Demon Slayer began somewhat too cliche for me. I wasn’t as into this series until I really hit episodes 3, 4 and 5. It begins like most anime series – a protagonist’s family is hurt or killed and he swears revenge upon those who did it. He must go through trials and tribulations to become strong and actually have the strength to get his revenge. But when I got more into it, I realized the details that separated it from all the others. Our protagonist, Tanjiro, whose entire family was massacred by a brutal demon, joins the ranks of the “Demon Slayers” in order to not only find who killed his family but also find a cure for his sister, who wasn’t killed by the demon but instead has become one. Yet she is the only demon who doesn’t eat humans and uses her powers to help her brother. It also has some similarities to the anime series Bleach but I’d say there are enough differences that I love Demon Slayer more. This series picks up way faster than Bleach and the characters and conflicts are far different. Nezuko, Tanjiro’s sister, is also kawaii as hell and she’s got insanely powerful physical and magic abilities to boot. The fights in this are great and are definitely on the same level as Bleach or Naruto. So if you’re into relatively typical shonen anime series, definitely give this one a watch because it’s binge-able as hell.
6. Dr. Stone – Dokutaa Sutoon (2019 -)
Dr. Stone is easily one of the most unique anime series I have ever seen. There truly is nothing like it out there. It follows Senku, a genius with Rick from Rick and Morty level intellect that one day, along with all of humanity, gets petrified into stone for 3700 years (and they’re conscious while they’re trapped in stone, Senku literally counts every second he’s petrified which is the only way he knows how much time has passed). One day, Senku is freed from his petrification and must rebuild humanity from scratch – dedicating his life to bringing humanity from the stone ages back to the modern era (that’s basically 4000 years of technology that he’s trying to recreate in the span of an average human life). Each episode (or several usually), Senku uses real-life survival techniques and science in order to create tech FROM SCRATCH such as the lightbulb, gunpowder, glass (it’s crazy how screwed humanity would be without modern spectacles for eyesight), metals, pottery, clothing, shelter, alcohol, ramen soup, gas masks, cola and eventually by the end of the season, a cell phone. This show is a science teacher wet dream, so if you’re looking for an entertaining and unique anime series look no further. It’s already got renewed for season 2 and it ends on quite a climactic moment, so no need to worry about being left hanging!
5. Watchmen (2019 -)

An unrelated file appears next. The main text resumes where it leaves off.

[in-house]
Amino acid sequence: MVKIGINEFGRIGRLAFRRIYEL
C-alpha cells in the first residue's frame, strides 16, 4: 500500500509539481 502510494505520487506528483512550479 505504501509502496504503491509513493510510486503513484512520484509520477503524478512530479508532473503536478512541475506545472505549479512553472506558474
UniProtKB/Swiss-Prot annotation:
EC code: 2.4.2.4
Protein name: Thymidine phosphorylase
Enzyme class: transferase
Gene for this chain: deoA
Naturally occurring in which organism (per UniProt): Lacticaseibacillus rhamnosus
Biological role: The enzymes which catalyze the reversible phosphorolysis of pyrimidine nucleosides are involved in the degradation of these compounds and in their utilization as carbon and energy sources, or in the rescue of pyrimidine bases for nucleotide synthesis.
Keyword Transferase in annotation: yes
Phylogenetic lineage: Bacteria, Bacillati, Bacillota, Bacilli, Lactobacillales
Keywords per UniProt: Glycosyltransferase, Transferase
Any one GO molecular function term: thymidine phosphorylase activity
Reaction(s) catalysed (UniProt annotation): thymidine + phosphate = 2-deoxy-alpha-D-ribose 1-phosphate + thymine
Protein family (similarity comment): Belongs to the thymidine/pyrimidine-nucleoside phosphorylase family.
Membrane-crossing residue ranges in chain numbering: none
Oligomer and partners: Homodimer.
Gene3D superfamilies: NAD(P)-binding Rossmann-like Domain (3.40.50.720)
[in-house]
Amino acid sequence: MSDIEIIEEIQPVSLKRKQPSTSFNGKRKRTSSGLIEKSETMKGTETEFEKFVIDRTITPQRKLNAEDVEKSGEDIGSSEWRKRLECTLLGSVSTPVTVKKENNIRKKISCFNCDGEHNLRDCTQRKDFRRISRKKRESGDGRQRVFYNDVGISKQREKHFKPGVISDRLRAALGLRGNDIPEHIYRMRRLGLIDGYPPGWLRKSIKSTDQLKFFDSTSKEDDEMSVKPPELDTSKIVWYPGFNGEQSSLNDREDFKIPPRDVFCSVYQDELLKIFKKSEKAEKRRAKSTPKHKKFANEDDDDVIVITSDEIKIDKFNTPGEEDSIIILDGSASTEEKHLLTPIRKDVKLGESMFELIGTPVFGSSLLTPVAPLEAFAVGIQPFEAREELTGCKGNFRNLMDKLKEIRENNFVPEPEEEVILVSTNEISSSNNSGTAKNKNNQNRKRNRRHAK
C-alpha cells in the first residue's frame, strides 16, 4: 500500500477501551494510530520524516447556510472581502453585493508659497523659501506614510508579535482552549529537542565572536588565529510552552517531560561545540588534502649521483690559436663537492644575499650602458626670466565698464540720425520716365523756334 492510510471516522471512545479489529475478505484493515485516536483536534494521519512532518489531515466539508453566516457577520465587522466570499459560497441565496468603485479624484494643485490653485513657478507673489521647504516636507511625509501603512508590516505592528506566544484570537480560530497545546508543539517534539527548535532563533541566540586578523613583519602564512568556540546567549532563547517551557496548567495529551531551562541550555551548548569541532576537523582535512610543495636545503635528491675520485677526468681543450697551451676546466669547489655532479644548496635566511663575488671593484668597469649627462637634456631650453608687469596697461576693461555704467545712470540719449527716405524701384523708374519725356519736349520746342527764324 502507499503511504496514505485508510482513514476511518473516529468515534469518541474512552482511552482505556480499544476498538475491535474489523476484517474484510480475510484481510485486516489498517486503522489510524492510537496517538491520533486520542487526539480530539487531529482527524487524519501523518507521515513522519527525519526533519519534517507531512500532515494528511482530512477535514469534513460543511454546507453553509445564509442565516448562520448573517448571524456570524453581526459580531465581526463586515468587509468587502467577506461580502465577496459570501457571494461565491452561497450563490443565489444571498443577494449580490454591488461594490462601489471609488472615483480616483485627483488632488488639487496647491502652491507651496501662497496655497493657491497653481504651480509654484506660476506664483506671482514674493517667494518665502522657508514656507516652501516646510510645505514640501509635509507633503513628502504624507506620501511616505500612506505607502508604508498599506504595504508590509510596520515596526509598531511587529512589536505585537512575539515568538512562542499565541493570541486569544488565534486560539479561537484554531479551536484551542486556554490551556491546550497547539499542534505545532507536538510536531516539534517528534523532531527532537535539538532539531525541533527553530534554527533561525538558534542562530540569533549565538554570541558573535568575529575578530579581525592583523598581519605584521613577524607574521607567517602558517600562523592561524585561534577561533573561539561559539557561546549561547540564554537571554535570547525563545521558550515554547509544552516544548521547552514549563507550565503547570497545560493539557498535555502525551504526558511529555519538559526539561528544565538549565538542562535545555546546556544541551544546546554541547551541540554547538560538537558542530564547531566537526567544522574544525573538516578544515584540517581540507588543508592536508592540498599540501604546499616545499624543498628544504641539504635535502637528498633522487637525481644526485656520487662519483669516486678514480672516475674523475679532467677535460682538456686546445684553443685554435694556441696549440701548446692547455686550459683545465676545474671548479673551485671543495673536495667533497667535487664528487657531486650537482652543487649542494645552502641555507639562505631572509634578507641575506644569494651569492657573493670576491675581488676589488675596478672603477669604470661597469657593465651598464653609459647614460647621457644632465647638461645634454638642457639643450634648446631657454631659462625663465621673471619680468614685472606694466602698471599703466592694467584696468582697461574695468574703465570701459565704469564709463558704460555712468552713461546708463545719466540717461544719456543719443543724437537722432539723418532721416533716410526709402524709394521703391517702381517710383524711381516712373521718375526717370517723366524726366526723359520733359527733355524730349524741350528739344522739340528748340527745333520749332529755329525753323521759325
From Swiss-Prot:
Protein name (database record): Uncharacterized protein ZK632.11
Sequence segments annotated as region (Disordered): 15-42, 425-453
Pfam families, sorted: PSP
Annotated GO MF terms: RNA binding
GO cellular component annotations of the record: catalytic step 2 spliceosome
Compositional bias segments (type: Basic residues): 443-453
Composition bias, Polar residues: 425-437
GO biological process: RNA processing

This one brought out a lot of whiny, racist defending bootlickers out of the woodwork. It’s funny because the first and second episodes were truly racists detectors just like the actual machine in the series. Many people on IMDB review bombed the show after only the 1st episode and whined about how the show was demonizing white supremacists. Nevertheless, HBO’s Watchmen is easily one of the best shows of not only the year but of the entire decade. If you told me somebody would be making a sequel to my fave graphic novel of all time when I read it in 2009, I would have said: “fuck that, it’ll be shit”. Of course, at the time I had no concept of who Damon Lindelof was (I didn’t even start watching LOST until 2014) and with the recent release of Snyder’s Watchmen (2009) movie, I was extremely disappointed and disillusioned with any live-action adaptation of the graphic novel (all I wanted was that damn squid to show up!). But this is exactly why I was so excited about this series when I heard it was being released. As soon as I knew who was showrunning it, starring in it, and the fact that it was a sequel to the graphic novel NOT the movie, I was instantly interested. But nothing could have prepared me for what the show was actually going to do. Lindelof his crew made a show that had the heart, soul and blood of the original source material that it was making a sequel to. The cinematography and editing are outstanding and it truly is the heir apparent to the graphic novel. The story itself was also incredibly satisfying. Instead of the doomsday clock being about another world war, Lindelof suggests that our new doomsday clock is related to race relations in America. The show uses several surviving characters from the graphic novel and shows how their intergenerational trauma is passed down to the next generation of masked vigilantes. I will say that, of the new characters, Looking Glass is easily my favourite. Played by Coen Brother’s collaborator Tim Blake Nelson, his character is an example of the PTSD that the alien squid monster caused on the people of New York (or Hobokin New Jersey, in his case). Regina King kills it as Angela Abar, and it’s no wonder Lindelof cast her since she did so well in his second and third season of The Leftovers. Jeremy Irons acts incredibly as an aged and disillusioned Adrian Veidt. While Jean Smart has become an older, more Comedian version of Laurie Juspeczyk (or Blake, since she fully accepts her own father). Aquaman actor Yahya Abdul-Mateen II delivers one of the best performances ever as Cal Abar and I’m extremely looking forward to his performance in the upcoming Matrix 4. There’s some phenomenal twists and turns to this series and I cannot recommend it enough if you’re a fan of both superhero subversion and the original graphic novel.